Prof Laura Piddock’s team from Birmingham recently published a Nature review on molecular mechanisms of antibiotic resistance. If you’re struggling to tell your KPC from your NDM, this review is for you.
I like the historical perspective, reflecting on the fact that antibiotic resistance pre-dates the discovery of antibiotics in the relatively recent past. Analysis of bacteria trapped in caves and ice identifies antibiotic resistant strains: this is really no surprise since most antibiotics used in human medicine are derived from micro-organisms!
I was struck by the article’s comment on antibacterials v antibiotics, considering them synonymous. For me, antibiotics are a specific sub-set of antibacterial drugs. For example, I wouldn’t consider a β-lactamase inhibitor to be an antibiotic, but I would consider it to be an antibacterial!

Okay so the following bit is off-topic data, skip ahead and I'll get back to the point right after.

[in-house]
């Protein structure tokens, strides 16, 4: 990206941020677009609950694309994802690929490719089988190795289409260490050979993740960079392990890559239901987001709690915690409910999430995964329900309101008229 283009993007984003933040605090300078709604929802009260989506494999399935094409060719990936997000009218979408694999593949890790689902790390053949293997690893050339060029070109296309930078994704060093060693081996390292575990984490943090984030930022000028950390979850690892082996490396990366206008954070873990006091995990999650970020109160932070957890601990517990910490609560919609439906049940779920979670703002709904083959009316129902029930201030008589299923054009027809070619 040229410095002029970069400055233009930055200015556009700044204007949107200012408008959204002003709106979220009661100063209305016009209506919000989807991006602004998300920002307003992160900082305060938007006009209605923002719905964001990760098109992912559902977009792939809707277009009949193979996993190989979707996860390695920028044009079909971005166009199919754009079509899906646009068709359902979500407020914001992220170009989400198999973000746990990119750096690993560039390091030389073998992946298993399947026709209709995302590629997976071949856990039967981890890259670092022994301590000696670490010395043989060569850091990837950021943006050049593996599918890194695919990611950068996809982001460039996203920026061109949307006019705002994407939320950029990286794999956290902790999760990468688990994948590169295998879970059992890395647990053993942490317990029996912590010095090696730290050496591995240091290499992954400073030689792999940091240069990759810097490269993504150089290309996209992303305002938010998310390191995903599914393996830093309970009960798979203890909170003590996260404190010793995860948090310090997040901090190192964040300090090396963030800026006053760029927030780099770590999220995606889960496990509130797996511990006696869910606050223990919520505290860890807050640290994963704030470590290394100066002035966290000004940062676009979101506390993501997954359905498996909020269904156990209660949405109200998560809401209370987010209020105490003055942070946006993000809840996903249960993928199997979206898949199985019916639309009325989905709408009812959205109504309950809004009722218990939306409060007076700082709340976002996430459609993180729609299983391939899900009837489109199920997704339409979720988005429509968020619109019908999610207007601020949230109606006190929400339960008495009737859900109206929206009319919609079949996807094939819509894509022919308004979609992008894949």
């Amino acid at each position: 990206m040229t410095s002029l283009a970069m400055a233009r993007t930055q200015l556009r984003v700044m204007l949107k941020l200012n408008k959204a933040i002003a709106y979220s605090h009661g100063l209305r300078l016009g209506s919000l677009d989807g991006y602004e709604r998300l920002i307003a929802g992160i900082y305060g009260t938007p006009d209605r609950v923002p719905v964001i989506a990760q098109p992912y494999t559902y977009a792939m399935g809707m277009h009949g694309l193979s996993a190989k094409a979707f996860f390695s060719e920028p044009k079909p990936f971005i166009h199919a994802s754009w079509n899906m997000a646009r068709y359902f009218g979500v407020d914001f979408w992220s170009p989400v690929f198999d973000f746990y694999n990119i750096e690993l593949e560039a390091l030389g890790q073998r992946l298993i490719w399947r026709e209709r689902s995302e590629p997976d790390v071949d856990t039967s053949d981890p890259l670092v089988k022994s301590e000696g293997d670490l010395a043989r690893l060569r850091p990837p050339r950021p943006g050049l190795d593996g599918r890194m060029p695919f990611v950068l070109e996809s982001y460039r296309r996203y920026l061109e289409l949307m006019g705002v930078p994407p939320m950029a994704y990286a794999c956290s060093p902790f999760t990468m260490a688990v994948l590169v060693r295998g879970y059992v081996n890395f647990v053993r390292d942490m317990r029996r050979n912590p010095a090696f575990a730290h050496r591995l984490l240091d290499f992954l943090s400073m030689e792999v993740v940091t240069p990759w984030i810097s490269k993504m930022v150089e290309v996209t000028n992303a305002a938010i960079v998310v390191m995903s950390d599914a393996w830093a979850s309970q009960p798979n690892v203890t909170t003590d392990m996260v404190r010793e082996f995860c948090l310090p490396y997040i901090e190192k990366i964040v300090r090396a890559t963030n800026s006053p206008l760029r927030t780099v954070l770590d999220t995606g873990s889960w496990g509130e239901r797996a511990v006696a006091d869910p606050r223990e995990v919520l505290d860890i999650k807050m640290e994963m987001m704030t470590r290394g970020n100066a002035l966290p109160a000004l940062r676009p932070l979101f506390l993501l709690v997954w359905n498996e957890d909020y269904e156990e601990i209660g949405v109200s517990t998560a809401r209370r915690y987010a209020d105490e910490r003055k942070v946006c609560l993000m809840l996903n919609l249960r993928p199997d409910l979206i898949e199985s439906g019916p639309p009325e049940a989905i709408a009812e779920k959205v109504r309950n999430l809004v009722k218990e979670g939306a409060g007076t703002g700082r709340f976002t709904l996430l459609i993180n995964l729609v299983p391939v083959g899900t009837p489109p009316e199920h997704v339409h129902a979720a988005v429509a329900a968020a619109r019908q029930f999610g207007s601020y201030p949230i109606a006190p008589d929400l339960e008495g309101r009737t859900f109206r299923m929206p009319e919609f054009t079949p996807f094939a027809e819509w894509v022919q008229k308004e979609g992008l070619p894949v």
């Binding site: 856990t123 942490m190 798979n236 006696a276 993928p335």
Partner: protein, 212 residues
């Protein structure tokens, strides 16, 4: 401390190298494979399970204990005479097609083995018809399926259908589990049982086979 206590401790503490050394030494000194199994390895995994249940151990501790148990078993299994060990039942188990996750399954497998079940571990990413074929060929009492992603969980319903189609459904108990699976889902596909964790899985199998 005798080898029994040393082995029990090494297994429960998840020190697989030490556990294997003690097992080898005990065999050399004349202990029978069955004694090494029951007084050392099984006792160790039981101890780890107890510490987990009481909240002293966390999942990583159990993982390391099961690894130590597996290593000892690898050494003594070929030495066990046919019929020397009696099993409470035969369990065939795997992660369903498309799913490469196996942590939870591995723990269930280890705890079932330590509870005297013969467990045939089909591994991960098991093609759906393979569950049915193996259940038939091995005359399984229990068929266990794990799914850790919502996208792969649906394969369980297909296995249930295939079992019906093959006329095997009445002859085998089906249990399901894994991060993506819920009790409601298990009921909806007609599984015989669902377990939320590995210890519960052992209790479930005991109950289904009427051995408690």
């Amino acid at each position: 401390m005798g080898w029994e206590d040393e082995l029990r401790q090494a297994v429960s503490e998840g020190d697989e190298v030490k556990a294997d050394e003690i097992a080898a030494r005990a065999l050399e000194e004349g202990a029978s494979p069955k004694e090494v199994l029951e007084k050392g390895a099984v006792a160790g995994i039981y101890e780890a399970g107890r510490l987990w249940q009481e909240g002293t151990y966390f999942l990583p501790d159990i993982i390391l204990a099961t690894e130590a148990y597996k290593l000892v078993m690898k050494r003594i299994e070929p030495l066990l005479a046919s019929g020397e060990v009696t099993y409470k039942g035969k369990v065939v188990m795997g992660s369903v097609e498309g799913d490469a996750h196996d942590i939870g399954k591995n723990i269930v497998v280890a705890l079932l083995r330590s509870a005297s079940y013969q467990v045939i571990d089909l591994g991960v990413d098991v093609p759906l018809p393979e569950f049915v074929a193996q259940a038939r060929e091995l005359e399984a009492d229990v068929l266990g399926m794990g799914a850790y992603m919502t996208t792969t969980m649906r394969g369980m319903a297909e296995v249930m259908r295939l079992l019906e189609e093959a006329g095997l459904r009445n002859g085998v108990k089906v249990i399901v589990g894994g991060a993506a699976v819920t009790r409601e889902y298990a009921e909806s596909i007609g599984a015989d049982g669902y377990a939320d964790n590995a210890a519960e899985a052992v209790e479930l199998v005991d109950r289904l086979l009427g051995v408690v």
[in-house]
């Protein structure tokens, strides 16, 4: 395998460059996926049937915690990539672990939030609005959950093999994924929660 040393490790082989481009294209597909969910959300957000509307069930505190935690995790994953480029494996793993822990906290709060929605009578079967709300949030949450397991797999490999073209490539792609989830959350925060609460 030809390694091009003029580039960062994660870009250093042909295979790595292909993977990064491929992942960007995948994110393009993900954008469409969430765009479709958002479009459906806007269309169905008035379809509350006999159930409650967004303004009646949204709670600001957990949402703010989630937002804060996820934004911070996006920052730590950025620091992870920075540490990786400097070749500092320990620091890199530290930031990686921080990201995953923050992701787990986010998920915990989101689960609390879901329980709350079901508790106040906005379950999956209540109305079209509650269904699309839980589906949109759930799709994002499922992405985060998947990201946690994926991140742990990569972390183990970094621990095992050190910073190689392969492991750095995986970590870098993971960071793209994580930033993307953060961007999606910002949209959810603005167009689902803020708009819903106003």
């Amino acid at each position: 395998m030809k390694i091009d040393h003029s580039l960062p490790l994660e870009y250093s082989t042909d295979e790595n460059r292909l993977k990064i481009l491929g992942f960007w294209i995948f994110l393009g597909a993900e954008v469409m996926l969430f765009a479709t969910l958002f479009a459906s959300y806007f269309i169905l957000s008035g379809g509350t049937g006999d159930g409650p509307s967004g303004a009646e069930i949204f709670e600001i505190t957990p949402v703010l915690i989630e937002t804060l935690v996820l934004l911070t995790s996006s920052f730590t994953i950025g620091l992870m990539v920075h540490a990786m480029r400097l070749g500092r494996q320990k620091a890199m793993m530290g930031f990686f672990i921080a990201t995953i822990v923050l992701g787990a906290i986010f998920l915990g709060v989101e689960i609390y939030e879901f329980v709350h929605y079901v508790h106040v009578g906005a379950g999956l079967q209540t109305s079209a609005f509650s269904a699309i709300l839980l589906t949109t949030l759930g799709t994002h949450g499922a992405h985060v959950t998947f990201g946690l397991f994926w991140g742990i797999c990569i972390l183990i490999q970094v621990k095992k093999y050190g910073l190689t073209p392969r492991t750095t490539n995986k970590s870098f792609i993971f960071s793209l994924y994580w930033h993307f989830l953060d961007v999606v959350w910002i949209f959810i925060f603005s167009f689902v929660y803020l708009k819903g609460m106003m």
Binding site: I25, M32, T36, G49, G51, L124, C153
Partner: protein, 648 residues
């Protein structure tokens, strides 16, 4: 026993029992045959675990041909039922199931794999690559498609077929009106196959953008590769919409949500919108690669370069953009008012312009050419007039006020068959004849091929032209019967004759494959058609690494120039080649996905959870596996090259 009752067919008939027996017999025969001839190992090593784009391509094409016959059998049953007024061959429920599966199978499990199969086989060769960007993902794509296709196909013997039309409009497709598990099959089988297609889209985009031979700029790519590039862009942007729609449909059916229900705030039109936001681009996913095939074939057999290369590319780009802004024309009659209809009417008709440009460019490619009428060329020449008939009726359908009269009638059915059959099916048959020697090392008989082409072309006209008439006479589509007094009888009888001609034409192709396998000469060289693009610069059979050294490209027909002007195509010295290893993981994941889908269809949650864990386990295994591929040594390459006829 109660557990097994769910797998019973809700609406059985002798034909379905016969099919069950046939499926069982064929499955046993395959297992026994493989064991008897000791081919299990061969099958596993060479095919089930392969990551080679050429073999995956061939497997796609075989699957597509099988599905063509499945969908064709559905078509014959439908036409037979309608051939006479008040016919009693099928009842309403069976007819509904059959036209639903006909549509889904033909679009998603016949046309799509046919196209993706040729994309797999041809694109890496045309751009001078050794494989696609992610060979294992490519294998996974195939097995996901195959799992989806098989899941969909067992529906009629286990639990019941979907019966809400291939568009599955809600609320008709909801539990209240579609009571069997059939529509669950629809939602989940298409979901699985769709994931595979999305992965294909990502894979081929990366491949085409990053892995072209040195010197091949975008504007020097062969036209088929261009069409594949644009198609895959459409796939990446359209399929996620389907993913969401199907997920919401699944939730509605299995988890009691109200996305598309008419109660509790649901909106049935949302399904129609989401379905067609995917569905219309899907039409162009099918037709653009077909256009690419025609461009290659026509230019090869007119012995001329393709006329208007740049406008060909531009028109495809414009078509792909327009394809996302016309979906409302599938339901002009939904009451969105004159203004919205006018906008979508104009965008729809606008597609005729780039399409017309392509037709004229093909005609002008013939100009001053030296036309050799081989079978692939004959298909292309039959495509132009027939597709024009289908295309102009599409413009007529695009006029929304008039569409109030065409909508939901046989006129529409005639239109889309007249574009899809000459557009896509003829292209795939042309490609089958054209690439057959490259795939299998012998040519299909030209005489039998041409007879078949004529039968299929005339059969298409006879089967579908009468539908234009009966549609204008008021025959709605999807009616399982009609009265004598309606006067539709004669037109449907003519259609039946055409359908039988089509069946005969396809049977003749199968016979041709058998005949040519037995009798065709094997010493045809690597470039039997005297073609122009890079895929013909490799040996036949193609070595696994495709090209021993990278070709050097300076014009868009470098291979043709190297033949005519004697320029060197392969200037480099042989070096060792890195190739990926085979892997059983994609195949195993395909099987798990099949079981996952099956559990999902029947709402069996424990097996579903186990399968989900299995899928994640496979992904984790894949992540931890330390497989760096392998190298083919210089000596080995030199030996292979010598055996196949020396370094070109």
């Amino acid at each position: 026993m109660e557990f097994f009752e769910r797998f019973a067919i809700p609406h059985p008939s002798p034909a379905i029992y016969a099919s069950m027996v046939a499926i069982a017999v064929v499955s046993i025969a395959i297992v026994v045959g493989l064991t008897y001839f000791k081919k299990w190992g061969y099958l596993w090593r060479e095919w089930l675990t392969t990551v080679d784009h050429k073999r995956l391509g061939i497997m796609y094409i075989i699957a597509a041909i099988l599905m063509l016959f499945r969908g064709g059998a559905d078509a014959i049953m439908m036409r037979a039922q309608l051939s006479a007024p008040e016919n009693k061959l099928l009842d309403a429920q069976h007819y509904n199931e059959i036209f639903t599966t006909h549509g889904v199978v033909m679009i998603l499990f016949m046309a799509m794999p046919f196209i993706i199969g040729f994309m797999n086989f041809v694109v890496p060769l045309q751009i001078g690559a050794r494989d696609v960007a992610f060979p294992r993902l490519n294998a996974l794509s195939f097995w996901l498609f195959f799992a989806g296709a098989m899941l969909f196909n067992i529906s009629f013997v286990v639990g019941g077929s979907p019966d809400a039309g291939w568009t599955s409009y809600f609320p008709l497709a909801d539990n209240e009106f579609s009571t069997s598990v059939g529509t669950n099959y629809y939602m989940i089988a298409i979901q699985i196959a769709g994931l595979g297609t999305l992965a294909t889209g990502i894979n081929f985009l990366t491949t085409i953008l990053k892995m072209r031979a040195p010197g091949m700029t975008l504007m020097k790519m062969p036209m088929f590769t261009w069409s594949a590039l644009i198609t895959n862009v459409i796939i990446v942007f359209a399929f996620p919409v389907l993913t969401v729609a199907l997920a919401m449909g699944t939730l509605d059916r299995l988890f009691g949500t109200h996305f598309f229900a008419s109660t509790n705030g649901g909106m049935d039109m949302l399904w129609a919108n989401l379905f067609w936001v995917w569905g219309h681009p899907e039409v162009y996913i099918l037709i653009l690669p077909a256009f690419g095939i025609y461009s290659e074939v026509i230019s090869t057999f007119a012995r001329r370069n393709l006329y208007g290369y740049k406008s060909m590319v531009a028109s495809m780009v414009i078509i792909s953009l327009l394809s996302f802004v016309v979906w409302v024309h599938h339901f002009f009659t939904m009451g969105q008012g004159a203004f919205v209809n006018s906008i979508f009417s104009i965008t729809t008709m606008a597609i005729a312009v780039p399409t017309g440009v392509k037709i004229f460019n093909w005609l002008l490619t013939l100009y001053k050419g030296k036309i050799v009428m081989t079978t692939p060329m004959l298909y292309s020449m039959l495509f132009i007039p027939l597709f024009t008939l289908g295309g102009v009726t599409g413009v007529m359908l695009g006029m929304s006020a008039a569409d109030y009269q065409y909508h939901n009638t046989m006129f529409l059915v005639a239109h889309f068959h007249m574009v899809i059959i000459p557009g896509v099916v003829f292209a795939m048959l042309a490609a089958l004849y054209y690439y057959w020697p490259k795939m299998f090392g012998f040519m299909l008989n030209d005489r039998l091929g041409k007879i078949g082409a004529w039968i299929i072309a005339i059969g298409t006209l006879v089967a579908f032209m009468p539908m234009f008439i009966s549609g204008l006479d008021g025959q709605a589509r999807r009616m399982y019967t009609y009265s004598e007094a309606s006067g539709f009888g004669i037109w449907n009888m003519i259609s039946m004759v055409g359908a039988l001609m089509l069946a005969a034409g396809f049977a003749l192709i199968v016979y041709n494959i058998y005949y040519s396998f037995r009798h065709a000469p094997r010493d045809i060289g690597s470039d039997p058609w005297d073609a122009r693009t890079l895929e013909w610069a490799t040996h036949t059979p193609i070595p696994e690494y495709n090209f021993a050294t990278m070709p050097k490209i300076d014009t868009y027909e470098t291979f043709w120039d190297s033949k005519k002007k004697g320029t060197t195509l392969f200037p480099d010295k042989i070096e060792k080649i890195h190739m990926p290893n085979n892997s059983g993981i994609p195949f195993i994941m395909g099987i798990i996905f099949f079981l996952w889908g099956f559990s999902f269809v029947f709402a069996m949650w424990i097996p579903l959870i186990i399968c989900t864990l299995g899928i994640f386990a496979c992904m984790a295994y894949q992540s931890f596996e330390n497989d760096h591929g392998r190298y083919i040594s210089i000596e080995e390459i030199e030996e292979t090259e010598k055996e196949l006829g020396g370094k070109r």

The review covers the various intrinsic mechanisms of resistance (with some excellent figures by the way) but spends most of its time on acquired mechanisms, especially the β-lactamases. The story is really one of microbial Tom and Jerry. The emergence of early β-lactamases prompted the development of the extended spectrum β-lactams, but extended spectrum β-lactamases (ESBLs) soon followed. Carbapenems overcame ESBLs, but carbapenemases soon followed. And this is where we are today: Tom never does catch Jerry, and nor will we ever really catch up with antibiotic resistance!
One thought on “The cat and mouse of antibiotic resistance (Tom never does catch Jerry…)”
Thanks for this Jon, Tom and Jerry is a great analogy.
So why then are so many physicians not acknowledging the need for ongoing R&D to develop new agents? There seems to be a blind faith that Stewardship and Infection Control will fix the problem, yet they still continue to prescribe antibiotics and ignore efforts of Pharma to bring new ones to market?
Surely it’s as simple as this: If you want to keep prescribing antibiotics, you have to keep developing new ones.
Of course Stewardship & IC are mandatory, but they alone are not going to cure the patients dying of untreatable infections – and we don’t want to leave that to the surgeons!